THE PEOPLE, Plaintiff and Respondent, v. ARMANDO SANCHEZ, Defendant and Appellant.
NOT TO BE PUBLISHED IN OFFICIAL REPORTS
O P I N I O N
In July 1997, appellant, Armando Sanchez, pursuant to a plea agreement, pled no contest to charges of possession of methamphetamine for purposes of sale (Health & Saf.Code, § 11378; count 1) and possession of marijuana for purposes of sale (Health & Saf.Code, § 11359; count 3), and to the following special allegations: he personally used a firearm in committing the count 1 offense (Pen.Code, § 12022, subd. (c)); 1 one or more principals in the commission of the count 3 offense was armed with a firearm (§ 12022, subd. (a)(1)); and in committing the count 1 offense, he possessed 57 grams or more of a substance containing methamphetamine (§ 1203.073, subd. (b)(2)). In September 1997, the court imposed a prison term of four years four months, consisting of the 16–month lower term on count 1 and three years on the firearm-use enhancement. The court imposed a concur
1 rent term of two years four months, consisting of 16 months on the count 3 offense and one year on the accompanying enhancement.
In May 2010, appellant filed a notice of motion to set aside his plea (and, presumably, to vacate the judgment) on the grounds that he was not adequately advised of the immigration consequences of his plea, pursuant to section 1016.5.2 The court denied the motion, and instant appeal followed. The court granted appellant's request for a certificate of probable cause (§ 1237.5).
On appeal, appellant contends the court erred in denying appellant's section 1016.5–based motion to set aside his plea. We affirm.
On July 25, 1997 (July 25), appellant executed under penalty of perjury an “ADVISEMENT OF RIGHTS, WAIVER AND PLEA FORM” (plea waiver form), a five-page printed form consisting largely of statements, each of which is preceded by a space to be initialed by the person executing the form to indicate adoption of the statement. Appellant initialed a statement that appears under the heading “ACKNOWLEDGMENT OF CONSEQUENCES” that indicates he understood the “procedures [that] may be instituted against [him]” as a consequence of his plea included “Deportation, exclusion from admission into the United States, or denial of naturalization[.]” He also initialed the following statement: “I have spoken with my lawyer and believe I have had enough time to talk with him/her about my case.”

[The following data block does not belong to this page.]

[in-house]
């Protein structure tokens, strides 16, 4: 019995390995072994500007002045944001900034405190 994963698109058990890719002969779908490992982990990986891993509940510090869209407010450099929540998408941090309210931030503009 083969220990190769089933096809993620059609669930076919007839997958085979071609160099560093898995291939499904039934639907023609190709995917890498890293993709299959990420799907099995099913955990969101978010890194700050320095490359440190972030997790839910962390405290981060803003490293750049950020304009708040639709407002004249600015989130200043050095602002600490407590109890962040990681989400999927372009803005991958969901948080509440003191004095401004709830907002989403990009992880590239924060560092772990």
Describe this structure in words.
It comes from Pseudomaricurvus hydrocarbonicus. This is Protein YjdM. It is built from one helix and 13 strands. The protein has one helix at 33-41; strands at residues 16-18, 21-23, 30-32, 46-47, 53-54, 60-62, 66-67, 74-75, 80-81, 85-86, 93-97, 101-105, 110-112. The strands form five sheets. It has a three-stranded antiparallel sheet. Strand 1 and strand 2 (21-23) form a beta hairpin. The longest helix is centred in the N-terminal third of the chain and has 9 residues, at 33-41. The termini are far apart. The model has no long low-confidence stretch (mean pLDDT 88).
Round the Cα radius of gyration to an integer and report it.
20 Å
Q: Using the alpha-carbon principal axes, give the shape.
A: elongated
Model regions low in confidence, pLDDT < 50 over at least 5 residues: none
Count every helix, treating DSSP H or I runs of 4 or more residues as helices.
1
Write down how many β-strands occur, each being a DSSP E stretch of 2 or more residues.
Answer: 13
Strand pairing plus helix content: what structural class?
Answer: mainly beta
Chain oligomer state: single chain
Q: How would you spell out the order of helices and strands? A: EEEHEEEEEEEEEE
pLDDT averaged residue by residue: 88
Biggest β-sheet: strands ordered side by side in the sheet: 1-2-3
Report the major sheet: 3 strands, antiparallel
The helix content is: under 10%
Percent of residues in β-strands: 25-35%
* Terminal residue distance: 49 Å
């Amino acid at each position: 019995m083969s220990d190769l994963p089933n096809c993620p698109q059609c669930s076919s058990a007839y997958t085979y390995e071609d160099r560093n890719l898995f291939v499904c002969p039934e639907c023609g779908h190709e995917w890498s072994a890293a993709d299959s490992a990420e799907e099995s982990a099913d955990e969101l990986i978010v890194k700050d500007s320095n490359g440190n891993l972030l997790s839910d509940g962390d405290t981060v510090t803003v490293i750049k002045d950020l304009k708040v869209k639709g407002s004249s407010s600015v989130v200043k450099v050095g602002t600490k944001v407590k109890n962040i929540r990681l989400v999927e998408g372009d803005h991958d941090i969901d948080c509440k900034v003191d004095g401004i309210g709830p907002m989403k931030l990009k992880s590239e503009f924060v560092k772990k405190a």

On the last page of the plea waiver form is a “DECLARATION OF ATTORNEY” executed by appellant's trial counsel under penalty of perjury on July 25, which includes the following: “I have personally read and explained to [appellant] the contents of this document including ․ the possible consequences of a plea of guilty to [the] charge(s) and allegation(s) [against appellant].”
Also on July 25, prior to accepting appellant's plea, the following exchange took place:
“THE COURT: Mr. Sanchez, I've just been handed a document five pages long. It's entitled Advisement of Rights, Waiver and Plea Form. [¶] Is this something you read with Mr. Thommen [defense counsel]?
“[Appellant]: Yes, I did.
“THE COURT: Did Mr. Thommen read it to you?
“THE COURT: Are these your personal issues [sic ] on this document?
“[Appellant]: Yes, they are.
“THE COURT: Did you make the initials on this document indicating that the information next to the initials had been read to you and that you understood it?
“[Appellant]: Yes, I did.
“THE COURT: And this apparently is your signature on page 4; is that right?
“[Appellant]: Yes, it is.
“THE COURT: Does that indicate that you've read the entire document and that you understood this document?
Subsequently, the following occurred: The court asked appellant if he had any questions “about any of your rights that are set forth in this document [.]” Appellant said he did not. Appellant, in response to a question by the court, affirmed that he had “had enough time to talk to [his] attorney.” Appellant's counsel, in response to a question by the court, affirmed he “personally explained to [appellant] all of his rights and the consequences of his plea[.]”
The trial court did not give the advisement set forth in section 1016.5 and did not mention the immigration consequences of appellant's plea.
In his memorandum of points and authorities in support of his motion to withdraw his plea, filed May 26, 2010, appellant asserts he is a “native and citizen of Mexico” and was “admitted to the United States” in May 1990 “as a lawful permanent resident.” Attached to appellant's reply to the People's opposition to his motion was a copy of a notice dated May 20, 2010, entitled “NOTICE OF HEARING IN REMOVAL PROCEEDINGS” for a hearing to be held September 23, 2010 in “Immigration Court.”